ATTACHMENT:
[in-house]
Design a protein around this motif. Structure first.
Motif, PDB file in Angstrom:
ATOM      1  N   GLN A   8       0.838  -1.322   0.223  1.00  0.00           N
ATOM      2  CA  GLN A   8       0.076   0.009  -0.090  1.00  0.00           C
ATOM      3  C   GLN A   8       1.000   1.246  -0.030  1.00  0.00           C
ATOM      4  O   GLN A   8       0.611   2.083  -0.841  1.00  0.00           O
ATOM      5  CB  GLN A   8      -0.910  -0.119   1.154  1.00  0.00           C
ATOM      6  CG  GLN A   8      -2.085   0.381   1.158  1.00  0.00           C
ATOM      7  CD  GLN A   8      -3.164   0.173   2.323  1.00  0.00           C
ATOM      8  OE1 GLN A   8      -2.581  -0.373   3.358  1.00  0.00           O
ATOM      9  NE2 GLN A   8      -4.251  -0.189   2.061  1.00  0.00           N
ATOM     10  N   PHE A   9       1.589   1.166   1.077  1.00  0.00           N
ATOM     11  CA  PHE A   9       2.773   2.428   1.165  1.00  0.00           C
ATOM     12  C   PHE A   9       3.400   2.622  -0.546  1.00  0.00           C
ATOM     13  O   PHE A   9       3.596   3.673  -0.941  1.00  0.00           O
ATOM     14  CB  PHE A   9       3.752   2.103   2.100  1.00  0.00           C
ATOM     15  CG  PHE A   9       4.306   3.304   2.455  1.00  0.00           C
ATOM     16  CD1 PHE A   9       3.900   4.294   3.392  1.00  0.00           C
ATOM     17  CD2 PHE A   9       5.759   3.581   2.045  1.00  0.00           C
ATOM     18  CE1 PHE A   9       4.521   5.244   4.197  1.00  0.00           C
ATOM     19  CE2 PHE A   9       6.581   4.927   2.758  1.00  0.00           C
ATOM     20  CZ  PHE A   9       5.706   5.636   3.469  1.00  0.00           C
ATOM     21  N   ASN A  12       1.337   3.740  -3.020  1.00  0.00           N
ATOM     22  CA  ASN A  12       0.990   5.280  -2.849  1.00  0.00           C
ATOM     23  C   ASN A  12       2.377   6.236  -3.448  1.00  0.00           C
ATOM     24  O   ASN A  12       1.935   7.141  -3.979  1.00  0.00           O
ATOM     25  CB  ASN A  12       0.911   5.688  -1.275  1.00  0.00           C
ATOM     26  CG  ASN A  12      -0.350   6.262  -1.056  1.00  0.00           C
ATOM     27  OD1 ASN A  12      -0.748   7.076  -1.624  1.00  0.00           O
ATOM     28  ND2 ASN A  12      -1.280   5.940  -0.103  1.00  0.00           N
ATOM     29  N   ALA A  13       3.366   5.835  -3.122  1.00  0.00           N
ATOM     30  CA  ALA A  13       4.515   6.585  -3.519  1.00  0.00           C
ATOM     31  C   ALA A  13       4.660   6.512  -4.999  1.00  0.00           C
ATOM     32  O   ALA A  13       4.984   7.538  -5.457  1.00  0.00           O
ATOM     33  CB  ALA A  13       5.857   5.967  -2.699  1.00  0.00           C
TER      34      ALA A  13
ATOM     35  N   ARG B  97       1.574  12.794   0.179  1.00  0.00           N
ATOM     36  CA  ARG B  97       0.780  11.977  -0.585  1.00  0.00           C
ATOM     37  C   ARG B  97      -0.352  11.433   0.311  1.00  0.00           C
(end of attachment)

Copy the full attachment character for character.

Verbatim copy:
[in-house]
Design a protein around this motif. Structure first.
Motif, PDB file in Angstrom:
ATOM      1  N   GLN A   8       0.838  -1.322   0.223  1.00  0.00           N
ATOM      2  CA  GLN A   8       0.076   0.009  -0.090  1.00  0.00           C
ATOM      3  C   GLN A   8       1.000   1.246  -0.030  1.00  0.00           C
ATOM      4  O   GLN A   8       0.611   2.083  -0.841  1.00  0.00           O
ATOM      5  CB  GLN A   8      -0.910  -0.119   1.154  1.00  0.00           C
ATOM      6  CG  GLN A   8      -2.085   0.381   1.158  1.00  0.00           C
ATOM      7  CD  GLN A   8      -3.164   0.173   2.323  1.00  0.00           C
ATOM      8  OE1 GLN A   8      -2.581  -0.373   3.358  1.00  0.00           O
ATOM      9  NE2 GLN A   8      -4.251  -0.189   2.061  1.00  0.00           N
ATOM     10  N   PHE A   9       1.589   1.166   1.077  1.00  0.00           N
ATOM     11  CA  PHE A   9       2.773   2.428   1.165  1.00  0.00           C
ATOM     12  C   PHE A   9       3.400   2.622  -0.546  1.00  0.00           C
ATOM     13  O   PHE A   9       3.596   3.673  -0.941  1.00  0.00           O
ATOM     14  CB  PHE A   9       3.752   2.103   2.100  1.00  0.00           C
ATOM     15  CG  PHE A   9       4.306   3.304   2.455  1.00  0.00           C
ATOM     16  CD1 PHE A   9       3.900   4.294   3.392  1.00  0.00           C
ATOM     17  CD2 PHE A   9       5.759   3.581   2.045  1.00  0.00           C
ATOM     18  CE1 PHE A   9       4.521   5.244   4.197  1.00  0.00           C
ATOM     19  CE2 PHE A   9       6.581   4.927   2.758  1.00  0.00           C
ATOM     20  CZ  PHE A   9       5.706   5.636   3.469  1.00  0.00           C
ATOM     21  N   ASN A  12       1.337   3.740  -3.020  1.00  0.00           N
ATOM     22  CA  ASN A  12       0.990   5.280  -2.849  1.00  0.00           C
ATOM     23  C   ASN A  12       2.377   6.236  -3.448  1.00  0.00           C
ATOM     24  O   ASN A  12       1.935   7.141  -3.979  1.00  0.00           O
ATOM     25  CB  ASN A  12       0.911   5.688  -1.275  1.00  0.00           C
ATOM     26  CG  ASN A  12      -0.350   6.262  -1.056  1.00  0.00           C
ATOM     27  OD1 ASN A  12      -0.748   7.076  -1.624  1.00  0.00           O
ATOM     28  ND2 ASN A  12      -1.280   5.940  -0.103  1.00  0.00           N
ATOM     29  N   ALA A  13       3.366   5.835  -3.122  1.00  0.00           N
ATOM     30  CA  ALA A  13       4.515   6.585  -3.519  1.00  0.00           C
ATOM     31  C   ALA A  13       4.660   6.512  -4.999  1.00  0.00           C
ATOM     32  O   ALA A  13       4.984   7.538  -5.457  1.00  0.00           O
ATOM     33  CB  ALA A  13       5.857   5.967  -2.699  1.00  0.00           C
TER      34      ALA A  13
ATOM     35  N   ARG B  97       1.574  12.794   0.179  1.00  0.00           N
ATOM     36  CA  ARG B  97       0.780  11.977  -0.585  1.00  0.00           C
ATOM     37  C   ARG B  97      -0.352  11.433   0.311  1.00  0.00           C